London, 1 December 2017 – Annamarie Phelps CBE, Chair of British Rowing, has indicated that policies and frameworks are not enough on their own to improve the integrity of British sport. Speaking about the Duty of Care in Sport Review recommendations at ICSA: The Governance Institute’s inaugural sport governance conference last Friday, Ms Phelps stressed the importance of culture and the need to go beyond compliance.
While Ms Phelps has some doubts about whether ‘duty of care’ is the correct term and believes that additional agencies should not be created that will duplicate existing ones, she does concede that duty of care needs suitable resource and that properly trained professionals should be involved in safeguarding. She stressed the point that appropriate behaviours need to be instilled right from the start and that we need to invest in the professional development of coaches and national governing bodies. She also expressed the view that the stories that led to the Duty of Care recommendations should not be lost and that the Department for Culture, Media and Sport needs to be clear about expectations.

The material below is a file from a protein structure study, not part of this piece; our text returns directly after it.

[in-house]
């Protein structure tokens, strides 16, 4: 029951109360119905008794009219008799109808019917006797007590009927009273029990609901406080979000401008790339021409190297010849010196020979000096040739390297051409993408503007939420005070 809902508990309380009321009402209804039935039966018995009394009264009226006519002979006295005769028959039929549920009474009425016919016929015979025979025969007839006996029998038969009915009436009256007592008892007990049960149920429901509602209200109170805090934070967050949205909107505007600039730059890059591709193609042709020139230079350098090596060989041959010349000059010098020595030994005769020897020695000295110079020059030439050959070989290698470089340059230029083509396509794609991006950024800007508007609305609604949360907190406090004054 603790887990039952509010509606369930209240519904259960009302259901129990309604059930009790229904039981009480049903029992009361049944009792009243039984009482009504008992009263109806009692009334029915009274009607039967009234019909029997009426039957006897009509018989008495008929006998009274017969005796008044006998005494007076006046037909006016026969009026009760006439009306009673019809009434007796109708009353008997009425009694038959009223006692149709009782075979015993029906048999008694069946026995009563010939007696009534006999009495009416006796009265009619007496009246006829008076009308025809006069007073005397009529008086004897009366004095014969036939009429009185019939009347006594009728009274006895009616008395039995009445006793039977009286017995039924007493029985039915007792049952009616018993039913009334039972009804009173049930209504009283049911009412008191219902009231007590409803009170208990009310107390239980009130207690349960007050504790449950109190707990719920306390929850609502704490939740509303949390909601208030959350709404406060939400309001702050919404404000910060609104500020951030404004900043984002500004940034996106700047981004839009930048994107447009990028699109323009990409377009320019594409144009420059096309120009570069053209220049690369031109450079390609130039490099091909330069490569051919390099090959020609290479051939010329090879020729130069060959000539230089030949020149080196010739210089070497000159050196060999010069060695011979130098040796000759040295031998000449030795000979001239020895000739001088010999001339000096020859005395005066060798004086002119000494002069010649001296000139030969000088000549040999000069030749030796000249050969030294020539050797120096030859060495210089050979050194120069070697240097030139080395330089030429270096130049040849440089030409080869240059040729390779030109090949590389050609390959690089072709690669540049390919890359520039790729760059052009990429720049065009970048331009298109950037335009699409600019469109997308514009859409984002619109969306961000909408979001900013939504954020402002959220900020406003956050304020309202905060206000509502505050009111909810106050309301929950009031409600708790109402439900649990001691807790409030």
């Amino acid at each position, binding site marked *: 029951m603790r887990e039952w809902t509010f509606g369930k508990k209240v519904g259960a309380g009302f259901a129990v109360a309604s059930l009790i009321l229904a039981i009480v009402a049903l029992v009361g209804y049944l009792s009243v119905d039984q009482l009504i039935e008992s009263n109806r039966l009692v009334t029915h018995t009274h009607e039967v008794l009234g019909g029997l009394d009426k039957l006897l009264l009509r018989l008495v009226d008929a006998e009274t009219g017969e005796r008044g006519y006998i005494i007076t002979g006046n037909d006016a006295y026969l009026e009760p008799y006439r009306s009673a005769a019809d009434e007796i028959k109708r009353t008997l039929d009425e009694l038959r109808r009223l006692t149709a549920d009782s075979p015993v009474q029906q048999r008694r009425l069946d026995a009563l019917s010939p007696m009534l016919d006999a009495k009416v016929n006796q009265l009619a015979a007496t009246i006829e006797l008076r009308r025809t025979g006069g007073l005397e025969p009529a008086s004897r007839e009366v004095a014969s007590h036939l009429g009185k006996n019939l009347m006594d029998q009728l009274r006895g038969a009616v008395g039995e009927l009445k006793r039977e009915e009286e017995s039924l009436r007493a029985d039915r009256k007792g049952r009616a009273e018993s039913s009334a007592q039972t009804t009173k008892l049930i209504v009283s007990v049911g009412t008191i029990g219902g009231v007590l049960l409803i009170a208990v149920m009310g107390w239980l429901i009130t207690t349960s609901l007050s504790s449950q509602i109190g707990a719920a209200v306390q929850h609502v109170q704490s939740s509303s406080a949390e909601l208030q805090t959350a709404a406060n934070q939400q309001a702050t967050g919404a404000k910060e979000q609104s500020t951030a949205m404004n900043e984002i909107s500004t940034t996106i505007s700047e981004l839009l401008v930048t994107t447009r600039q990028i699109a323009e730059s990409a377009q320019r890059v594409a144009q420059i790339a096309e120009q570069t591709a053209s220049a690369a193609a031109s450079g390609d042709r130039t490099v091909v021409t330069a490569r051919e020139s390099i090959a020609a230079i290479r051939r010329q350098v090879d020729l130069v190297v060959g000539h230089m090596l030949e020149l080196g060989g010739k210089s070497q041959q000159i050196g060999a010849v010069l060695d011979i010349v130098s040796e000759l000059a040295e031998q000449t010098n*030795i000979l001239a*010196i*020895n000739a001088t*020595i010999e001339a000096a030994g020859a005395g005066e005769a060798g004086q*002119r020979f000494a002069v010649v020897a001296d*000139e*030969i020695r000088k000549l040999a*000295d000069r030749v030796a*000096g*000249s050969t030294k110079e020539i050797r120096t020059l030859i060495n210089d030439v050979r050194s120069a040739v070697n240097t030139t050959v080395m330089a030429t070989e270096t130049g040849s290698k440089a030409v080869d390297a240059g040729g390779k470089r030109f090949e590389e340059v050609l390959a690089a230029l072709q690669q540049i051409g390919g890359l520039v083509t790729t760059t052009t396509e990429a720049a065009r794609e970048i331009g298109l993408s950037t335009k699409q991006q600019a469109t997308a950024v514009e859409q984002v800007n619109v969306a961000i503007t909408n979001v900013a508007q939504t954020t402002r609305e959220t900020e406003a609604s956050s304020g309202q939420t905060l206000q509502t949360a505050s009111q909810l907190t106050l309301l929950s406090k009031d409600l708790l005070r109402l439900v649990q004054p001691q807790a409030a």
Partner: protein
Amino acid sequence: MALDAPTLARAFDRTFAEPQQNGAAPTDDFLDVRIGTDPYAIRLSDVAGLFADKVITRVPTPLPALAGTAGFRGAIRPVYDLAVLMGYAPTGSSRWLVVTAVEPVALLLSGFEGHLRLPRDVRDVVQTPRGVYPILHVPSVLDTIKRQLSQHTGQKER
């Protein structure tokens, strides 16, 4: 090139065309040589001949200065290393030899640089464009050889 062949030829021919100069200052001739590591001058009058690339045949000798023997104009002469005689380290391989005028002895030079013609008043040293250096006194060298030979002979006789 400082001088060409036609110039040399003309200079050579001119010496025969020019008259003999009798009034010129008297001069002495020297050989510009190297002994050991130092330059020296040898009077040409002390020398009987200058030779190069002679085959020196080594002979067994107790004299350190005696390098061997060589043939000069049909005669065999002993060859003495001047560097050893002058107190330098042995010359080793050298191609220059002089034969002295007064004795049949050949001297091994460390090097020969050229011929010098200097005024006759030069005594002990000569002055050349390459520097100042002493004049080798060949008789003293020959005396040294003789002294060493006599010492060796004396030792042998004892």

Ms Phelps comments:
‘Sport has been very focussed on compliance with the Code for the last year and now needs to properly look at how it will recruit and develop its future leaders within this new framework, giving them the experience they will need to take the sector into the new phase and empowering them to re-establish a set of values and expected behaviours that sit above the ‘legal’ requirements of the code.’
The importance of culture was reinforced by many other speakers. Joy Johnston, governance manager at Sport England, stressed that the real impact of UK Sport and Sport England’s sports governance code would be on culture and that cultural change would take time to effect. James Tickell, a partner at Campbell Tickell, noted that compliance with a code does not always equate to good governance. James Allen, Director of Policy, Governance & External Affairs at the Sport & Recreation Alliance, reinforced the point that while sports organisations tend to be good at compliance they need to go beyond that to deliver a change in culture.
Other themes discussed were:
‘The speed of change since the code came into effect has been remarkable, but care should be taken not to rush things so much that you lose the opportunity to build trust and ensure sustainable cultural change from grass roots to elite level,’ says Louise Thomson, Head of Policy (Not for Profit) at ICSA. ‘Ultimately, good governance can lead to sporting success whatever the level and we should be investing in people to drive cultural change right from the start.’
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